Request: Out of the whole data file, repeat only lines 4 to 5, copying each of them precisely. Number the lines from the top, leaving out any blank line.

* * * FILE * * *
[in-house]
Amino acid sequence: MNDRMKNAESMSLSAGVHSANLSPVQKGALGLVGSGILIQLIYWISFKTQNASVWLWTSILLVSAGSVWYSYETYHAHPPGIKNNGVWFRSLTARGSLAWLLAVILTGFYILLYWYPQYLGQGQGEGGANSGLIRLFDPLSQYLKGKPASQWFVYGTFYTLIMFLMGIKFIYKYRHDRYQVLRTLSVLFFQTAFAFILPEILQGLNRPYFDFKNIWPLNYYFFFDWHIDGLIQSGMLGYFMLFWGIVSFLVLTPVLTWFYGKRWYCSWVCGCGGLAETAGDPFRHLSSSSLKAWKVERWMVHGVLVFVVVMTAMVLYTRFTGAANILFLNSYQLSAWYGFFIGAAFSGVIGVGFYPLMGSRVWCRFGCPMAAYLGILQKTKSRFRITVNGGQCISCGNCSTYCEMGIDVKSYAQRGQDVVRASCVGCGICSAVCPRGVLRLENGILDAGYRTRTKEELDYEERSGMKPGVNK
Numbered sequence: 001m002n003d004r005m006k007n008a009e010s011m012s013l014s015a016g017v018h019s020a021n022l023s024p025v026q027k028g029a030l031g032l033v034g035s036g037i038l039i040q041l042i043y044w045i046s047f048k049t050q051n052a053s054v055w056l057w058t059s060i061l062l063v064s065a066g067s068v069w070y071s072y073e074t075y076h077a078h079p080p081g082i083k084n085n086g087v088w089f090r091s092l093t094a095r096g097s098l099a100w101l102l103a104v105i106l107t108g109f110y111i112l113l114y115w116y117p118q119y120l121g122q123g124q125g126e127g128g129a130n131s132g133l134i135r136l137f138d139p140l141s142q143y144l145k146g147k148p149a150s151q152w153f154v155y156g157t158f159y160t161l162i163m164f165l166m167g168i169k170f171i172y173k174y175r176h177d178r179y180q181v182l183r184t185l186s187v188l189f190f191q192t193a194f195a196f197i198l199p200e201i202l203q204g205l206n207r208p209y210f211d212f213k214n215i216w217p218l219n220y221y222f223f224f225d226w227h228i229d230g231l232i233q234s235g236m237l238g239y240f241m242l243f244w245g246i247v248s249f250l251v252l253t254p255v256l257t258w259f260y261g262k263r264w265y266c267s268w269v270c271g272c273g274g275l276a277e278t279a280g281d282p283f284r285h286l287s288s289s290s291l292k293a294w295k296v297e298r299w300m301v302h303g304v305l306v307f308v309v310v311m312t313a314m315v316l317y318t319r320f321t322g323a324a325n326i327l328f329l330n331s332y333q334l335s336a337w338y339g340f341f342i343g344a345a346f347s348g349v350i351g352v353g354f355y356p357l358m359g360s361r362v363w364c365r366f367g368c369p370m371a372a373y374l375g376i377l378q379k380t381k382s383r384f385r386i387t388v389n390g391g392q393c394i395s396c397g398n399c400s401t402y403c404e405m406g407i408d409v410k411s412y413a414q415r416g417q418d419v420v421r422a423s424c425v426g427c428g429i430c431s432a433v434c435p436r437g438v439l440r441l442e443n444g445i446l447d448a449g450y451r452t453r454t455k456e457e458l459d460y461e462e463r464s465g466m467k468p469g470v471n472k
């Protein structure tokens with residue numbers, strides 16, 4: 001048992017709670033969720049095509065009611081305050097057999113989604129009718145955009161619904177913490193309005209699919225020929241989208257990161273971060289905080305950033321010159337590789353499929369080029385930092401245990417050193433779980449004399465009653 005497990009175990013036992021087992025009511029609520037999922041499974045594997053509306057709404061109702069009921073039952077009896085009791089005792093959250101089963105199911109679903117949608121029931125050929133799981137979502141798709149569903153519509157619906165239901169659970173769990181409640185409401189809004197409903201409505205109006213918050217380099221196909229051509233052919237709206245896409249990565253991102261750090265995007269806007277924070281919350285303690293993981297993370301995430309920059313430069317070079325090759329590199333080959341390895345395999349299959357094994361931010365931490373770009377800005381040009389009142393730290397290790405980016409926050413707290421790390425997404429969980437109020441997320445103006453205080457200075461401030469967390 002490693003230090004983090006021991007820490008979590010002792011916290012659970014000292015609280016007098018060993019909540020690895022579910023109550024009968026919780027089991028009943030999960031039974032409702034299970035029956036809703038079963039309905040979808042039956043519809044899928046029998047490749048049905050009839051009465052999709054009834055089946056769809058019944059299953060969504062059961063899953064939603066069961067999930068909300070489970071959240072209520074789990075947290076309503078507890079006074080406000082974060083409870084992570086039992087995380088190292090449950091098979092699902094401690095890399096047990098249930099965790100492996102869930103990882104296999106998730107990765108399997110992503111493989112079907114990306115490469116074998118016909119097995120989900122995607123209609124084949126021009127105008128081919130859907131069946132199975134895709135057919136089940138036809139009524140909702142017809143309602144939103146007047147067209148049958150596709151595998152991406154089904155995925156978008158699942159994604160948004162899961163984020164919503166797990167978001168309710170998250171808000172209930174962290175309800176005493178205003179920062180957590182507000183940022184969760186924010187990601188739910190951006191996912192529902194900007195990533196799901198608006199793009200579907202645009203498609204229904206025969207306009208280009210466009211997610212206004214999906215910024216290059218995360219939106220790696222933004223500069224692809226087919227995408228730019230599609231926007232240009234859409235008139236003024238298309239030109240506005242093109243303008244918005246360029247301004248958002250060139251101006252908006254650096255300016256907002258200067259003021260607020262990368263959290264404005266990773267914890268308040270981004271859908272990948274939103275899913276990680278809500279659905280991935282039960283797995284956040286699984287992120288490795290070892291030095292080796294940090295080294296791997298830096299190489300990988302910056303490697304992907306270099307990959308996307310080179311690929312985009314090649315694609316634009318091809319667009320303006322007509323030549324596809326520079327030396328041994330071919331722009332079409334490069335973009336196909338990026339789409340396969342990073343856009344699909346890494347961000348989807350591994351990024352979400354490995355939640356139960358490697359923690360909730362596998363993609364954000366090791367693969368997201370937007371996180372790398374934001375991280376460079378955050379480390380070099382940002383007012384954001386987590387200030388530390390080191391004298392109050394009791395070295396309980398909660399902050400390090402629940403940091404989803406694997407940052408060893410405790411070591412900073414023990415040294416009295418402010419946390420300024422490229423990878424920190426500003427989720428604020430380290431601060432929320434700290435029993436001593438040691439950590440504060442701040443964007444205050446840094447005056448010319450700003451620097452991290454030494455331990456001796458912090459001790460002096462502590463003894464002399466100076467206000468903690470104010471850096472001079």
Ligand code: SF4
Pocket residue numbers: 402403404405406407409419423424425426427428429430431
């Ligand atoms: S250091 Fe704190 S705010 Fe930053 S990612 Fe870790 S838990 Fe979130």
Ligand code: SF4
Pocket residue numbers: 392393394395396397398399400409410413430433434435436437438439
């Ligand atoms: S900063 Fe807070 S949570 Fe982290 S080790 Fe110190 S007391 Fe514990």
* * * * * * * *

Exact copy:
């Protein structure tokens with residue numbers, strides 16, 4: 001048992017709670033969720049095509065009611081305050097057999113989604129009718145955009161619904177913490193309005209699919225020929241989208257990161273971060289905080305950033321010159337590789353499929369080029385930092401245990417050193433779980449004399465009653 005497990009175990013036992021087992025009511029609520037999922041499974045594997053509306057709404061109702069009921073039952077009896085009791089005792093959250101089963105199911109679903117949608121029931125050929133799981137979502141798709149569903153519509157619906165239901169659970173769990181409640185409401189809004197409903201409505205109006213918050217380099221196909229051509233052919237709206245896409249990565253991102261750090265995007269806007277924070281919350285303690293993981297993370301995430309920059313430069317070079325090759329590199333080959341390895345395999349299959357094994361931010365931490373770009377800005381040009389009142393730290397290790405980016409926050413707290421790390425997404429969980437109020441997320445103006453205080457200075461401030469967390 002490693003230090004983090006021991007820490008979590010002792011916290012659970014000292015609280016007098018060993019909540020690895022579910023109550024009968026919780027089991028009943030999960031039974032409702034299970035029956036809703038079963039309905040979808042039956043519809044899928046029998047490749048049905050009839051009465052999709054009834055089946056769809058019944059299953060969504062059961063899953064939603066069961067999930068909300070489970071959240072209520074789990075947290076309503078507890079006074080406000082974060083409870084992570086039992087995380088190292090449950091098979092699902094401690095890399096047990098249930099965790100492996102869930103990882104296999106998730107990765108399997110992503111493989112079907114990306115490469116074998118016909119097995120989900122995607123209609124084949126021009127105008128081919130859907131069946132199975134895709135057919136089940138036809139009524140909702142017809143309602144939103146007047147067209148049958150596709151595998152991406154089904155995925156978008158699942159994604160948004162899961163984020164919503166797990167978001168309710170998250171808000172209930174962290175309800176005493178205003179920062180957590182507000183940022184969760186924010187990601188739910190951006191996912192529902194900007195990533196799901198608006199793009200579907202645009203498609204229904206025969207306009208280009210466009211997610212206004214999906215910024216290059218995360219939106220790696222933004223500069224692809226087919227995408228730019230599609231926007232240009234859409235008139236003024238298309239030109240506005242093109243303008244918005246360029247301004248958002250060139251101006252908006254650096255300016256907002258200067259003021260607020262990368263959290264404005266990773267914890268308040270981004271859908272990948274939103275899913276990680278809500279659905280991935282039960283797995284956040286699984287992120288490795290070892291030095292080796294940090295080294296791997298830096299190489300990988302910056303490697304992907306270099307990959308996307310080179311690929312985009314090649315694609316634009318091809319667009320303006322007509323030549324596809326520079327030396328041994330071919331722009332079409334490069335973009336196909338990026339789409340396969342990073343856009344699909346890494347961000348989807350591994351990024352979400354490995355939640356139960358490697359923690360909730362596998363993609364954000366090791367693969368997201370937007371996180372790398374934001375991280376460079378955050379480390380070099382940002383007012384954001386987590387200030388530390390080191391004298392109050394009791395070295396309980398909660399902050400390090402629940403940091404989803406694997407940052408060893410405790411070591412900073414023990415040294416009295418402010419946390420300024422490229423990878424920190426500003427989720428604020430380290431601060432929320434700290435029993436001593438040691439950590440504060442701040443964007444205050446840094447005056448010319450700003451620097452991290454030494455331990456001796458912090459001790460002096462502590463003894464002399466100076467206000468903690470104010471850096472001079």
Ligand code: SF4